Cindy speaking at a tree workshop in San Fernando Photo Courtesy of TreePeople

Cindy Montañez, a former Councilwoman and Assemblymember, as well as environmental activist and advocate for the Latino Community, died. Shortly before her passing she unveiled she had terminal cancer.

The National Association of Latino Elected and Appointed Officials (NALEO) issued a statement on Monday, following the death of Montañez, describing her as a "fearless leader" and her passing as a "major loss for the city of San Fernando and the entire state of California."

"As the youngest woman ever elected to the San Fernando City Council and State Assembly, Assemblywoman Montañez truly exemplified being a Latina trailblazer. Her work as a public servant empowering the Latino community and advocating for a more sustainable Los Angeles will have a lasting impact on the city for years to come," adds the statement.

Montañez was born in 1974, in San Fernando, California. After graduating high school, Montañez studied at the University of California Los Angeles (UCLA), where she would start making headlines with her activism, taking part in a nine-day hunger strike against the university for striking down the creation of a Chicano studies department. The strike ended after 14 days with the creation of the UCLA César E. Chávez Center for Interdisciplinary Instruction in Chicana and Chicano Studies.

Montañez continued to be involved in politics and was the youngest person elected as a council member in San Fernando at 25 years old. Three years later, Montañez was elected as San Fernando Mayor, becoming the youngest woman ever in the California State Legislature at 28.

Throughout her legislative tenure, Montañez focused on education, environmental issues, health care, and consumer and worker protection. Some of the bills she worked on were signed into law, creating statutes to improve the management of urban landfills, a law protecting children from sexually abusive parents, laws ensuring worker safety. She was also the author of the Car Buyer's Bill of Rights.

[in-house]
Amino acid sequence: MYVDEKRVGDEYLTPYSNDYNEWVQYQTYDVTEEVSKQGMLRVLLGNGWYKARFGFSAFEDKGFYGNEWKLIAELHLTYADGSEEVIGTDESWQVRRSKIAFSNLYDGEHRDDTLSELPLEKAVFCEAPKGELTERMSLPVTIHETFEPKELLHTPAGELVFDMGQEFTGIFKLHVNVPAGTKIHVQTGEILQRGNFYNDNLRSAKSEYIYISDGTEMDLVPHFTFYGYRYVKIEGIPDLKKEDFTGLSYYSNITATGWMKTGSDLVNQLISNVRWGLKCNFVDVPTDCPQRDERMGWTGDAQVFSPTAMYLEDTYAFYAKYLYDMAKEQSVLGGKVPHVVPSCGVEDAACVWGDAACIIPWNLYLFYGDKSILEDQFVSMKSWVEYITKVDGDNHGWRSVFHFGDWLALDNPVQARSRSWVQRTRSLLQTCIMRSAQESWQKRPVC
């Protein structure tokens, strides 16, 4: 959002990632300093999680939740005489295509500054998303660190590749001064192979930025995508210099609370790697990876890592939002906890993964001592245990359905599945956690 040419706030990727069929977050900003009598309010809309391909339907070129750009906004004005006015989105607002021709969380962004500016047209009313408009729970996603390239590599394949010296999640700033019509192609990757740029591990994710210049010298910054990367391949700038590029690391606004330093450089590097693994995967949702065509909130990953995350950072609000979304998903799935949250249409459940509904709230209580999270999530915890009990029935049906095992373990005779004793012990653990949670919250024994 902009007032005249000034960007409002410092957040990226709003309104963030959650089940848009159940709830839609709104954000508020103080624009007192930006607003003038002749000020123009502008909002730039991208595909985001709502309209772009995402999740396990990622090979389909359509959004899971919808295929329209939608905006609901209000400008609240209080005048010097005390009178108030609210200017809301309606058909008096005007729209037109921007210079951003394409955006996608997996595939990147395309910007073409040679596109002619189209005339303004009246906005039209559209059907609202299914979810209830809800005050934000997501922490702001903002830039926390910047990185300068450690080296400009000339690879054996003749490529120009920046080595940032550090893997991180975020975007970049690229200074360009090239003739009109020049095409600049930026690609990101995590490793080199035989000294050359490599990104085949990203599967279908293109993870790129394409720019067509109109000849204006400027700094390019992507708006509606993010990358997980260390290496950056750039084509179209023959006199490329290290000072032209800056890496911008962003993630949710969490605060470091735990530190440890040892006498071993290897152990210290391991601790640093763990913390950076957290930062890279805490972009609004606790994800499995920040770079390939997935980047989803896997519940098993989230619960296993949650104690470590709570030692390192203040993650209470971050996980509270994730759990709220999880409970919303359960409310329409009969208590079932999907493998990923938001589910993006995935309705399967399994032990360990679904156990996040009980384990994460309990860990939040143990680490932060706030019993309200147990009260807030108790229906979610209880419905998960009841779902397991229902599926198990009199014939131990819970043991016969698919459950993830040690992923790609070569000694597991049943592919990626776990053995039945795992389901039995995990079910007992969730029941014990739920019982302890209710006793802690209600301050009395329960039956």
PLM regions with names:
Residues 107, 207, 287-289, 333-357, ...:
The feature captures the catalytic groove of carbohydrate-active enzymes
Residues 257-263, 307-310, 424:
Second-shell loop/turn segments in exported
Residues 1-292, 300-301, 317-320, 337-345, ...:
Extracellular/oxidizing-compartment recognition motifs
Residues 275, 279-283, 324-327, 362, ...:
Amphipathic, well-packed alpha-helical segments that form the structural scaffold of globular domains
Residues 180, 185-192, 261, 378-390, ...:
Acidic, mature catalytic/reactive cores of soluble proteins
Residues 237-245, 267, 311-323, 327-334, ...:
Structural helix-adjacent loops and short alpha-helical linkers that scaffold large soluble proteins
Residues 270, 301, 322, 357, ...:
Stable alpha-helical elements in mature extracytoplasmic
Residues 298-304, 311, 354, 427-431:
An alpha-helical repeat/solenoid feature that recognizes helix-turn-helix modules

After departing the public sector, she would continue to focus on environmental efforts becoming CEO of the environmental nonprofit TreePeople, which focuses on educating people about environmental change. But they specifically focus on planting trees, conducting research to facilitate policy, and trying to help improve the environment in Southern California communities.

Before her death, a park in San Fernando was renamed Cindy Montañez National Park to honor her as a local leader and environmental advocate. Additionally, the California State Assembly declared January 19 as Cindy Montañez Day.

How Was Montañez's Hometown Affected by Pollution?

Montañez's birthplace, San Fernando, is 93.2% Hispanic or Latino and has been affected by pollution for decades.

According to a report from the EPA, the contaminated water came from decades of aerospace and manufacturing activities in the San Fernando Valley. The groundwater was contaminated with aquifer with chromium and volatile organic compounds, including trichloroethylene, perchloroethylene and 1,2,3-trichloropropane. These contaminants are considered carcinogenic.

Los Angeles is now working to convert the contaminated water into safe drinking water through the San Fernando Valley Ground Water Remediation Project.

According to a Harvard T.H. Chan School of Public Health study, San Fernando and its large Hispanic and Latino population isn't the only community of color affected by pollution. Harvard data found that watersheds serving Black and Hispanic communities in the U.S. were disproportionately more likely to be located next to sources of water contaminants, specifically in this study, poly-fluoroalkyl substances (PFAS). The sources of these contaminants are major manufacturers, airports, military bases, wastewater treatment plants and landfills.

"Our work suggests that the sociodemographic groups that are often stressed by other factors, including marginalization, racism and poverty, are also more highly exposed to PFAS in drinking water," said the first author of the study, Jahred Liddie, a Ph.D. student in population health sciences at Harvard Chan School. "Environmental justice is a major emphasis of the current administration and this work shows it should be considered in the upcoming regulations for PFAS in drinking water."

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